Join our mailing list!



You are here: Home > EDUCATING LINKS

UNBIASED INFORMATIONAL LINKS ABOUT HOME WATER PURIFICATION & WATER TREATMENT

Home developer to ban some water softeners

Beth Duckett
The Arizona Republic
Apr. 21, 2008 12:00 AM

A leading Valley developer is going green in several of its planned communities by banning conventional water-softening systems that produce high levels of salt. The plan by the Ellman Cos. would affect an estimated 6,000 planned homes in Goodyear and Fountain Hills. The result, according to Ellman, is cleaner water in environmentally sensitive parts of the Valley. advertisement.  The Phoenix-based company said it is the first in Arizona to consider the policy, which would force home builders to use newer water-softening technology that is better for the environment.

How the Systems Work

Water-softening systems are common in Arizona, where the water often is extremely hard. They work by stripping "hard" calcium and magnesium ions from the water, resulting in "soft" water that cleans better and doesn't leave scaly deposits.
But, certain types of systems generate leftover chemicals, which critics say contaminates water and soil. Don Kile, president of master-planned communities for Ellman, said newer systems capture more chemicals before they make their way into the sewer system.

The U.S. Environmental Protection Agency says that water softeners can generate a backwash high in sodium, magnesium and calcium. But, their impact on the environment is not completely known. Many tests on the subject have been inconclusive, according to the EPA's National Risk Management Research Laboratory.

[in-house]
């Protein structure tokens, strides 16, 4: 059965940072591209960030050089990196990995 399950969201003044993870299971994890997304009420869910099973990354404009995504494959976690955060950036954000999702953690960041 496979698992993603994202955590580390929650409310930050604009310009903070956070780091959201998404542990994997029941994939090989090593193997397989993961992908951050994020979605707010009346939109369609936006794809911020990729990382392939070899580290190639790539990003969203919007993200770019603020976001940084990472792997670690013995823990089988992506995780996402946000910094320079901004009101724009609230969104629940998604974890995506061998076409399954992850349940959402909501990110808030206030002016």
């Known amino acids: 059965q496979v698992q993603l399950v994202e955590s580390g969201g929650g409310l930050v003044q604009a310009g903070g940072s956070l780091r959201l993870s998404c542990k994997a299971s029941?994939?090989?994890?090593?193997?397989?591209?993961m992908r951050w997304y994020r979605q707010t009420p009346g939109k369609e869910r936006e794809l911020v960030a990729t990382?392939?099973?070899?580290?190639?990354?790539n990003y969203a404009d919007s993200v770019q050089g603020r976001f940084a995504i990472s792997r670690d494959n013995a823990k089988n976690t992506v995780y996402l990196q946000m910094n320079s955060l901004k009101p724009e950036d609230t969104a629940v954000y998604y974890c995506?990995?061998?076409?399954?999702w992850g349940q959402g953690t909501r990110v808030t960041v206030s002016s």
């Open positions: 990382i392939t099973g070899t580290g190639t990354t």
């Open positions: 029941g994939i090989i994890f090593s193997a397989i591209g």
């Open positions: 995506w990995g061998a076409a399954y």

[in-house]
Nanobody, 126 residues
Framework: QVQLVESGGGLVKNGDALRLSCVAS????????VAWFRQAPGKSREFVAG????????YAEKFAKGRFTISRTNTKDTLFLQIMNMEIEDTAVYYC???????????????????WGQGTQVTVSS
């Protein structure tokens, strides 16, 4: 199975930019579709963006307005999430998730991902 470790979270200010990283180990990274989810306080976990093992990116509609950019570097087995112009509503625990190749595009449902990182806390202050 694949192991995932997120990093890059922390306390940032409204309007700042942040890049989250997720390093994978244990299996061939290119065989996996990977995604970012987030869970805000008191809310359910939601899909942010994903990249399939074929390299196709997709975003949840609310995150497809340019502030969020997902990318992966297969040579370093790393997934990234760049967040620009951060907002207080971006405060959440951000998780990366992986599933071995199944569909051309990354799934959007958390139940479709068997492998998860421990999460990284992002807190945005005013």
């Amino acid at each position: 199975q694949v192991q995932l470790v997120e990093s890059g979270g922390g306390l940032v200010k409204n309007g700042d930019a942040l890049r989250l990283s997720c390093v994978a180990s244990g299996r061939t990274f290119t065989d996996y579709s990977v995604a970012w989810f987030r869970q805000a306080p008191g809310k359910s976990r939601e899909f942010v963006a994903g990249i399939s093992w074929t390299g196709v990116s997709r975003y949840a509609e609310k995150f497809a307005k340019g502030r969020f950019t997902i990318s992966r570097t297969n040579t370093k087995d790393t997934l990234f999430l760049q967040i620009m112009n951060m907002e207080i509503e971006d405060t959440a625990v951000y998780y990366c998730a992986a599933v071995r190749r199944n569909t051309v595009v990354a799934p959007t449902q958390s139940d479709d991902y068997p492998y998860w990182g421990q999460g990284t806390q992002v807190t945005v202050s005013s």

3 Affected Communities

Ellman would impose the water-softening ban at three planned communities:
  • Goodyear's King Ranch, a 1,860-acre plot south of the Gila River.
  • The Preserve at Goldfield Ranch, 1,000 homes east of Fountain Hills in unincorporated Maricopa County.
  • Fountain Hills' former state trust land, 1,450 homes on the north side of town.
The effort mirrors laws in California, where some cities have banned or restricted certain types of water softeners. Kile said Ellman is "not going to wait for governmental entities to enact ordinances and legislation" in Arizona. "We're going to do our share, and we're going to do it up front," Kile said. The effort could bode well for Ellman, which has its share of critics in the water realm.

The developer's Preserve at Goldfield Ranch has raised concerns with the Salt River Project and the Fort McDowell Yavapai Nation, who maintain that drilling wells for the project could affect the flow of the nearby Verde River. Kile said the company plans to enact a cost-cutting irrigation system for its Fountain Hills development, in which treated water could be used to irrigate nearby parks that now rely on more expensive potable water.